Hey there, country friends!
So this week I took on one of my most cherished and dreaded projects of all, refinishing my century-old (circa 1932) kitchen stove! I have been putting this off for a while, but I am now ready to tackle it wholeheartedly.
First a little background on the stove. The stove came with my country property, a 1895 Presbyterian country church, we all affectionately call “the Church.” It is our country weekend escape and DIY project paradise. Royal Princess Pat was made in Harriston, Ontario at the time when Harriston was making the most beautiful country stoves. The ‘Princess Pat’ was used over her 85 year lifetime as a heating & cooking appliance, as well as a beautiful ornament in the kitchen after the country church ceased to exist and was converted into a house. Along her lifetime I’m sure she saw her fair share of celebratory dinners but now she is badly in need of a repair and a little loving TLC. It took me longer than I thought to restore her to full operative glory, but I knew it would be worth it!
First, the logistics of getting a 500+ kg. stove out of the kitchen was an effort itself. So, off I went to call on my trusty neighbor. He is the one person I call on for advice and my go-to-guy of all sorts of repairs, renos, DIY projects, and tools. He is my hero, you name it, he can do it! So after my short consultation with him, I had a rough plan in place: to turn the stove into a Propane-Conversion, as the metal was just too far off rusted to use a wood stove. I decided to gut the stove of all loose metal i.e. rust, repaint it and pop a propane stove on top. Sweet!
I borrowed a rolling-hydraulic car jack, and I managed to move the stove to the porch, then down onto a plywood base front of my old maple tree. Safety glasses-check! Gloves-check! Grinder-check! Let the fun begin!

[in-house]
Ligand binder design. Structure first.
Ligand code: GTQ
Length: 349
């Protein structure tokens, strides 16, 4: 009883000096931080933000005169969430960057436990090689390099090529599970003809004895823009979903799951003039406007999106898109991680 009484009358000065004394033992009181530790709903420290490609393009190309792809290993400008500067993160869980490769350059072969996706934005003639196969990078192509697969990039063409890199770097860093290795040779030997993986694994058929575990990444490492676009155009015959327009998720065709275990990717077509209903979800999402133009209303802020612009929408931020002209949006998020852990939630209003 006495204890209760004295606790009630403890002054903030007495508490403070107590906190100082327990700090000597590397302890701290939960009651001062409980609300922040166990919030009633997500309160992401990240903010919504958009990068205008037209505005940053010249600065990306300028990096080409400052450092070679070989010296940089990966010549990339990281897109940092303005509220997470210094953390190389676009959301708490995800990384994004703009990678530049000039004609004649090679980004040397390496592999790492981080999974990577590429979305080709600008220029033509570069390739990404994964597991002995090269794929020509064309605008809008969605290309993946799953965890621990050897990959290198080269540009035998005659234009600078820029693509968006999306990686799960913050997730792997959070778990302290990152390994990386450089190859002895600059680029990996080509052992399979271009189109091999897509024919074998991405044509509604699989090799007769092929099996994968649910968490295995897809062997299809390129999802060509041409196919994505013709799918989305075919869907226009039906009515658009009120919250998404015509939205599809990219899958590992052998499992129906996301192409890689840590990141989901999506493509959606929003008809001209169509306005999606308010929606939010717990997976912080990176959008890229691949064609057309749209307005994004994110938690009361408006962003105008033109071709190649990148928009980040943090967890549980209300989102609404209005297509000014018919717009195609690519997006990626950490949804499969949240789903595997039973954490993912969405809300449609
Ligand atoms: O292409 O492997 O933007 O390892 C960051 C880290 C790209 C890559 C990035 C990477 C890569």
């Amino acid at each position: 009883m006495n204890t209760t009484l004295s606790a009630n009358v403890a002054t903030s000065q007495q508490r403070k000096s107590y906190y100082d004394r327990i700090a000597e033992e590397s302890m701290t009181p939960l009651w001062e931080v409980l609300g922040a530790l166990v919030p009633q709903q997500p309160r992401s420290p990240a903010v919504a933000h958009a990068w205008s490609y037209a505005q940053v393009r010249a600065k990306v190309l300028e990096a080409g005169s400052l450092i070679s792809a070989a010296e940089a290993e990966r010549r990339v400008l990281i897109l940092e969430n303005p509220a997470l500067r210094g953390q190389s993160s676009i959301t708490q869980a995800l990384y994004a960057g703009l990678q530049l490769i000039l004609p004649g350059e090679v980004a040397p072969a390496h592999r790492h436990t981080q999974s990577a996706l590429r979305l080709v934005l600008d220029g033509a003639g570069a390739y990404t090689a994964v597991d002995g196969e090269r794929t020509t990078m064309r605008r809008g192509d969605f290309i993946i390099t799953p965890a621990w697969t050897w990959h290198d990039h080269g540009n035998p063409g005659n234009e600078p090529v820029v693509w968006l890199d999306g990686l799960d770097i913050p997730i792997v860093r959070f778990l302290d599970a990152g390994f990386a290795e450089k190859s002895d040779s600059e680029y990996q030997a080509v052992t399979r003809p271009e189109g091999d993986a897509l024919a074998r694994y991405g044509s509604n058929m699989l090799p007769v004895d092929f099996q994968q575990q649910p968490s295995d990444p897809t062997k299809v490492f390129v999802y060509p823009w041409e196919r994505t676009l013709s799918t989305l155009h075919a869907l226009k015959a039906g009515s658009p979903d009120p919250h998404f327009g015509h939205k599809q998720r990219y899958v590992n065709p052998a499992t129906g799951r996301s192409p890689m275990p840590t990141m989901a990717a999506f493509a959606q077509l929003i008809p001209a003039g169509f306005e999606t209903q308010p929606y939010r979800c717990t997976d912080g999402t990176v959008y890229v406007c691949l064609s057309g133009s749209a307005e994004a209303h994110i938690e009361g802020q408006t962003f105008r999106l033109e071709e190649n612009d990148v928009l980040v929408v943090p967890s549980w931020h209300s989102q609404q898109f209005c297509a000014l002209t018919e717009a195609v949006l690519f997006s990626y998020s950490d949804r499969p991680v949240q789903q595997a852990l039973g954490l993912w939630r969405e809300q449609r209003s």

After a lot of TLC the stove was coming along. A heads up regarding stove PAINT. I used a rust-friendly Stove paint even though I will not fire the stove. Make sure you remove all rust off first. Covering up rust with paint will not last as it will still rust underneath. If you can sand blast it, great! If not, at a minimum, use a sander with different grades. Also, when using spray paint, it has a tendency to drip or splatter. You will end up with paint spots or drips and uneven paint layers. The trick is to BUILD up the coats. Very lightly-mist and be careful not to create splatter or dust. Always start spray painting away from your surface misting with one even stroke over your surface, never stopping or slowing down and finishing away from your surface. Practice first to get an even stroke and distance, and when you see drips have a rag ready to wipe the mister. This is best to do inside an air conditioned, well vented shop with no dust or wind blowing. Always use gloves, safety glasses and mask!
The paint will dry in about fifteen minutes, but wait about an hour to add another coat. If you have drip marks you can sand it down with fine sand paper and spray coat another layer. For me it was trial and error, but I really like the two spray paints in particular: Krylon Satin Black
for the Silver trim, and for the Black, I used two different paints.. The base coat and then the final finish, and the inside of the stove. They all provided a nice consistent finish and they were easy to apply. A special mention to Rust Oleum, as it was true to its name delivering twice the coverage and went on very smooth with minimal spray or splatter and no fuss.
The whole project took one week. The End result a re-mashed country Stove 2.0.
Read my next blog on building a fire wood-box!